Pfau also raises concerns about stock values. According to Robert Shiller, a noted Yale economist, the large companies which are included in the S&P 500 index are currently priced at 25 times their averaged earnings over the past decade. These prices are significantly above the overall historic average of 16 times earnings. When the price to earnings ratio is high, you can expect lower returns over the next 10 years.

As a result, Pfau is predicting that a portfolio consisting of half stocks and half bonds will realize a annual return, after inflation, of only 2.2% over at least the next decade. If Pfau is correct, a retiree following the 4% rules of retirement spending, with an adjustment for inflation, will run out of money 57% of the time.

So what does this mean for the average retiree? It really depends upon your investment and spending strategies. There’s really two options for investors and new rules of retirement spending. You can decrease your spending rate to 3% which will spread your retirement funds out. For a lot of retirees, this isn’t really an option because of low retirement savings. You can also look for higher returns in alternative assets like precious metals. While gold and silver prices have languished for several years, key factors are coming together that may increase demand just as supply is shrinking. Investing just 20% of your retirement accounts in precious metals could increase your long-term return by several percentage points.

Because of the changes we have seen in the past 20 years, most advisors agree that the 4% retirement spending rule should be nothing more than a starting point for discussions about spending after retirement, and preservation of assets during retirement, to ensure continued financial freedom.

Steps to Take Beyond the Simple 4% Rule of Retirement Spending

Here are some better retirement suggestions to follow:

myth 4% rules of retirement spending Save more money before retirement. This sounds obvious, but for many reasons, it is not always possible. With high unemployment rates, increasing medical expenses, and increased costs of living, today’s U.S. citizens are just not able to set aside as much as they want for retirement. More Americans are expecting to work longer than their parents did before they will be able to retire. Save more money by saving on taxes, taking advantage of deductions for retirement accounts and 401k tax breaks.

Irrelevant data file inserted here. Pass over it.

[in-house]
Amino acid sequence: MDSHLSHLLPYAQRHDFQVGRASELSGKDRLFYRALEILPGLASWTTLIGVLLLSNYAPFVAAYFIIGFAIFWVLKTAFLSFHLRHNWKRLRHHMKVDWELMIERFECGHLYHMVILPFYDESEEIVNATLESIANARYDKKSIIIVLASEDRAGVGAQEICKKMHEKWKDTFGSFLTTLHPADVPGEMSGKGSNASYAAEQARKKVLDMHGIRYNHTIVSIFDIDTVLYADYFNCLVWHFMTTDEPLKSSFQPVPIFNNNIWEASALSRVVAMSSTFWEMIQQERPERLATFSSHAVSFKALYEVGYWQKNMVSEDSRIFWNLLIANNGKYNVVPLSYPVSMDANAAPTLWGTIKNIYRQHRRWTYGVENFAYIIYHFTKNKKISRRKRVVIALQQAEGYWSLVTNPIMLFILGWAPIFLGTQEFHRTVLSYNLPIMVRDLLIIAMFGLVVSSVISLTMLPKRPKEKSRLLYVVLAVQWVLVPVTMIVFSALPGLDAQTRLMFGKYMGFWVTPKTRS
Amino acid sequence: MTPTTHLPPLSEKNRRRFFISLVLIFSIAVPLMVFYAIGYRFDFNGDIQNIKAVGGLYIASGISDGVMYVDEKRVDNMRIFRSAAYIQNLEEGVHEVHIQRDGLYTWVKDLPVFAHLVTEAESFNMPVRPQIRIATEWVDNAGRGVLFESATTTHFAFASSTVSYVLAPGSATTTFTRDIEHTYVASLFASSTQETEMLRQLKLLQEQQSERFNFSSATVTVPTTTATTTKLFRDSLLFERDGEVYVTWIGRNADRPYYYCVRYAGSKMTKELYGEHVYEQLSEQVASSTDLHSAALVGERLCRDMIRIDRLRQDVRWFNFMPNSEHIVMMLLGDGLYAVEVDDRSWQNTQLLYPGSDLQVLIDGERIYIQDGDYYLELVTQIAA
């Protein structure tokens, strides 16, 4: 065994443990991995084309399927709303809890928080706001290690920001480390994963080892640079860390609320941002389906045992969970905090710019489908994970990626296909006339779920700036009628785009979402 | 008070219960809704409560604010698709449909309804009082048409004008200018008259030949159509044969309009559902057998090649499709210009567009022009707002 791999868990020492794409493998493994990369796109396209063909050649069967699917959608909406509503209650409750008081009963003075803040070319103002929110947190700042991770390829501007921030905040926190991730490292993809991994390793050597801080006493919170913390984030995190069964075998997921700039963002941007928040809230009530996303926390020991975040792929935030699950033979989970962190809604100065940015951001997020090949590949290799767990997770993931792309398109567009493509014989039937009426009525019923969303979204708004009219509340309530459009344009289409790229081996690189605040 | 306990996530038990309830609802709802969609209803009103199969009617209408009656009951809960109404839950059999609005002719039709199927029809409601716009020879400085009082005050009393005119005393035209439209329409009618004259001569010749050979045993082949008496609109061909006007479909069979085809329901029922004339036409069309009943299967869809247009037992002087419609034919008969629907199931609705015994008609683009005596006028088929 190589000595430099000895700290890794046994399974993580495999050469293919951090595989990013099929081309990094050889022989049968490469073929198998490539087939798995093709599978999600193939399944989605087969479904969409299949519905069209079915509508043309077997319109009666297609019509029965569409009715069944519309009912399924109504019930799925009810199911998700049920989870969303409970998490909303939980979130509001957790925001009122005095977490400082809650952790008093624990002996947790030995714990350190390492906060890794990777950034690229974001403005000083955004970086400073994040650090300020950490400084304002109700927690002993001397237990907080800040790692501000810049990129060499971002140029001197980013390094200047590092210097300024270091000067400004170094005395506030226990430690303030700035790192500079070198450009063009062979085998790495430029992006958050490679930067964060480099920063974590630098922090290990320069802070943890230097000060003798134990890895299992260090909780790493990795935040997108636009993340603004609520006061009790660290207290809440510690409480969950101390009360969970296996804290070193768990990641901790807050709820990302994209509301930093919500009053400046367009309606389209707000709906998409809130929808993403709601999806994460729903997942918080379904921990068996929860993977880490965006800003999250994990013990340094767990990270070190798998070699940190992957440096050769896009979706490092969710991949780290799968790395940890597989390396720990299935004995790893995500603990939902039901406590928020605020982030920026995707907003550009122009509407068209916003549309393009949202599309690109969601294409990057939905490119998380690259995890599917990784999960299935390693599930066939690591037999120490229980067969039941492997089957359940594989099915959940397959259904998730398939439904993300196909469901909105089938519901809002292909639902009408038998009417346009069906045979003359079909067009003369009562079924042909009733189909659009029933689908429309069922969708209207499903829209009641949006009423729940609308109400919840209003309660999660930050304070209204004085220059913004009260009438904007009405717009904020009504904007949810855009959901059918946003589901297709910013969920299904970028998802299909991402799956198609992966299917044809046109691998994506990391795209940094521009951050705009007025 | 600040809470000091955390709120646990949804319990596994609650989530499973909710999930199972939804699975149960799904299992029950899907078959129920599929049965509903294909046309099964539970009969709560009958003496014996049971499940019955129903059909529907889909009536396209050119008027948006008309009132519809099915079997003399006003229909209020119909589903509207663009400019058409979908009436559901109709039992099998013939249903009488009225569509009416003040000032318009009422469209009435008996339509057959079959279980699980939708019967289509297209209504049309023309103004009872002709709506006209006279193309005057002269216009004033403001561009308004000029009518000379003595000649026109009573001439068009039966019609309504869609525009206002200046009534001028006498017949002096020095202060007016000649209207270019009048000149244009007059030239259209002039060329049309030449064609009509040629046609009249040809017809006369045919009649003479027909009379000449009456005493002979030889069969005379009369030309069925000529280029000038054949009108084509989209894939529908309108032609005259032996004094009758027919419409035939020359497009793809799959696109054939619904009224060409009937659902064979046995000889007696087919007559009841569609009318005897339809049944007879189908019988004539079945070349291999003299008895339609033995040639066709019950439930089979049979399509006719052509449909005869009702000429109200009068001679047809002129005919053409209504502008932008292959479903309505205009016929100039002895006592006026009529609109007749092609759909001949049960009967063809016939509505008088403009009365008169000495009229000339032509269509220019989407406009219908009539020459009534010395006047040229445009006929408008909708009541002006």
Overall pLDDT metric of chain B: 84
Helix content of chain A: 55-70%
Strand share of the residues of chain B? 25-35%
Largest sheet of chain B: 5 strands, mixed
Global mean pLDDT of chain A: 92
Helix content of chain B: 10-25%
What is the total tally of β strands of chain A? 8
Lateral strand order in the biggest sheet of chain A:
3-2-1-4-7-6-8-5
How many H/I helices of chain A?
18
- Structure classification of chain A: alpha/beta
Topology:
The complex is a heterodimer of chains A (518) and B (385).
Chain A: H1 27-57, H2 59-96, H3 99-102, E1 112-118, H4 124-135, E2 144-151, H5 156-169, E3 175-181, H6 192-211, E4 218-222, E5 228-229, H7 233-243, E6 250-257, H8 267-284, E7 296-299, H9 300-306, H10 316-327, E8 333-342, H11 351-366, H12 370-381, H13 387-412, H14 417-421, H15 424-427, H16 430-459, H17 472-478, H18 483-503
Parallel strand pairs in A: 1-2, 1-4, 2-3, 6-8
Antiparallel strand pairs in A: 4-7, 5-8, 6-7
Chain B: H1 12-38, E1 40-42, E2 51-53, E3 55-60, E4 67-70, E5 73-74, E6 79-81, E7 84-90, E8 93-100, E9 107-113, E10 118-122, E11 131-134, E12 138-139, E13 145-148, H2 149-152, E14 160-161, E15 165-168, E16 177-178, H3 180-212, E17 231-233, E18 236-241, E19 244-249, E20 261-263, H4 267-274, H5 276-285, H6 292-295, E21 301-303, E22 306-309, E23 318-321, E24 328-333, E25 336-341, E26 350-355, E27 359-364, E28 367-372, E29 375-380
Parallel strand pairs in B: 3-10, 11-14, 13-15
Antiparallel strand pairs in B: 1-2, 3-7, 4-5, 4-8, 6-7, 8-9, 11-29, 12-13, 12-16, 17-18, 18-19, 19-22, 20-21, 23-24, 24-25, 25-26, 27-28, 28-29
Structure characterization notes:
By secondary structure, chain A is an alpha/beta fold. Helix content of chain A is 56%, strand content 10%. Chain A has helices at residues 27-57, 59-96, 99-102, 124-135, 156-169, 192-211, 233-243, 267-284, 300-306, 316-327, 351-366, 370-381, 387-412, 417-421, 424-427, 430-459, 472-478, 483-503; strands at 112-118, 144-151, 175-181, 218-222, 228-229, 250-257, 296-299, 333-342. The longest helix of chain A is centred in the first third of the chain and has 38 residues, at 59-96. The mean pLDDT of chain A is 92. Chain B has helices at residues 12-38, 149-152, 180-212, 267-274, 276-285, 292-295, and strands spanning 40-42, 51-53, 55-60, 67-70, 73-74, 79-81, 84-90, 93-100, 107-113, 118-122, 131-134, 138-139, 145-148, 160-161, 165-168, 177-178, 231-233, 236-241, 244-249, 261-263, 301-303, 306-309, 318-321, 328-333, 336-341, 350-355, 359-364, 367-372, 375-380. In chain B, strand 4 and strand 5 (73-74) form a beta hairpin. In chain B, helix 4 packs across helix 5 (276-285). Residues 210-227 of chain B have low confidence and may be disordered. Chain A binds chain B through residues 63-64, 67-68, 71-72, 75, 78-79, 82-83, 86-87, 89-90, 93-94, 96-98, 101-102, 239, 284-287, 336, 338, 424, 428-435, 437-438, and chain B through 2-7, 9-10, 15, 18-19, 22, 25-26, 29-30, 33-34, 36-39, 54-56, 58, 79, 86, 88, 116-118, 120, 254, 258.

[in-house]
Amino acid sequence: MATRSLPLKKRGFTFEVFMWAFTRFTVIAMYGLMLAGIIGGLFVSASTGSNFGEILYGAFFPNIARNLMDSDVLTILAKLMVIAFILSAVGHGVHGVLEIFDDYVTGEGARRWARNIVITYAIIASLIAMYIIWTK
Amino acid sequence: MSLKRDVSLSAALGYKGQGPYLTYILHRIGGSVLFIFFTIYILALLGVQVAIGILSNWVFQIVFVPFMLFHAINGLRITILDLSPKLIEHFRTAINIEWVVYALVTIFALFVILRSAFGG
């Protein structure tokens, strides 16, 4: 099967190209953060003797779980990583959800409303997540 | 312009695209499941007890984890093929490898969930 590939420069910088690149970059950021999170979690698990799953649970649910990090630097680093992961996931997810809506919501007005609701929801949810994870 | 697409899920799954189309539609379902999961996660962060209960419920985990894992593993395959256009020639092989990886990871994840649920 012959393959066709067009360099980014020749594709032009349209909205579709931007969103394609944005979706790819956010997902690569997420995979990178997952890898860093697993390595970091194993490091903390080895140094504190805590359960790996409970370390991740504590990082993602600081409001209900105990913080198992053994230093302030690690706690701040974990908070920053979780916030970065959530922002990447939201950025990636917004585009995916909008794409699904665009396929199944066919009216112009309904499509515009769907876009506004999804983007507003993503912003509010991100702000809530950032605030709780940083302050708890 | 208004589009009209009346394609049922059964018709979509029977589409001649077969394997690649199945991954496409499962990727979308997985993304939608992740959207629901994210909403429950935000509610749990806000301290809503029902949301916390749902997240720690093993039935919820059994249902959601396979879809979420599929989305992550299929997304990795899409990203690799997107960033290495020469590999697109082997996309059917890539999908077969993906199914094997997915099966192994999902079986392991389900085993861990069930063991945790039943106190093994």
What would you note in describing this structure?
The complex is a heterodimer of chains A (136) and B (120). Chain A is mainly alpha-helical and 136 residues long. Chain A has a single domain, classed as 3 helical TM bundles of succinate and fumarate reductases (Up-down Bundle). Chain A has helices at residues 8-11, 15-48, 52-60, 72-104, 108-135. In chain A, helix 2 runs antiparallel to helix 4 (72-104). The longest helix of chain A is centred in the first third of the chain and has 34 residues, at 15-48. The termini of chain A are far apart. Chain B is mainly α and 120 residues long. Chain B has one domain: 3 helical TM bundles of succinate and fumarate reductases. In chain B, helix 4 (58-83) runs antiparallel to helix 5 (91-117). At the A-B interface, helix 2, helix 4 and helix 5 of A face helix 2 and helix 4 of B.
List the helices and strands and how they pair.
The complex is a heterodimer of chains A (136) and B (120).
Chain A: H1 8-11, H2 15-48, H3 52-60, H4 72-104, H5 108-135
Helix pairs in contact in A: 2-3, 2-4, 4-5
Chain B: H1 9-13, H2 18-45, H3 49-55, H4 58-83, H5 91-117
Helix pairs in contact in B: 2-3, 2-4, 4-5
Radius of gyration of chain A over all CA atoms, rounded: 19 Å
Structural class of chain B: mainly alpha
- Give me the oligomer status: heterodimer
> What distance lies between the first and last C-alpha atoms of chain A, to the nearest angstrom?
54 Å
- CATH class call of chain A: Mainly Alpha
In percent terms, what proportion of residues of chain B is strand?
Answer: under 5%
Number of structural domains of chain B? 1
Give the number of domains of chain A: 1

Be flexible during retirement – both in investing and spending. Reevaluate your financial situation frequently throughout your retirement years. Adjust spending annually, if necessary. Pay attention to the markets when deciding if you can afford that new car this year, or if you would be better served to wait a while. Match your spending and life experiences with your investment performance.

Diversify. Do not just invest in large-cap stocks and bonds. If you invest in assets other than stocks and bonds, you can realize a greater spending potential since your withdrawals are not solely dependent upon market fluctuations and inflation or interest rates. Understand your IRA investment options and the flexibility you have for investing with an IRA transfer from old 401k accounts.

According to John Halloran of Certified Gold Exchange, “Even though interest rates are almost zero today, they are poised to rise for the next 20 years. With government liabilities increasing, you can bet Uncle Sam will try to spend its way out of debt. This uncontrolled spending will really affect the purchase power of many hard-working Americans. Investing in safe havens like gold and silver really debunk the 50% stock 50% bond recommendation which is the basis of the outdated 4% retirement spending rule.”

The best rule today may be to not follow rules of retirement spending at all. Retirees need to be active participants in the management of their retirement savings and adjust spending where needed. Consider a 4% spending cap, but remain open to modification and diversification in order to ensure the comfortable retirement you have worked so hard to enjoy. Let our experts at 401krollover.com help you make the best decisions for your particular needs. Contact us through our website at www.401krollover.com for your own personalized plan.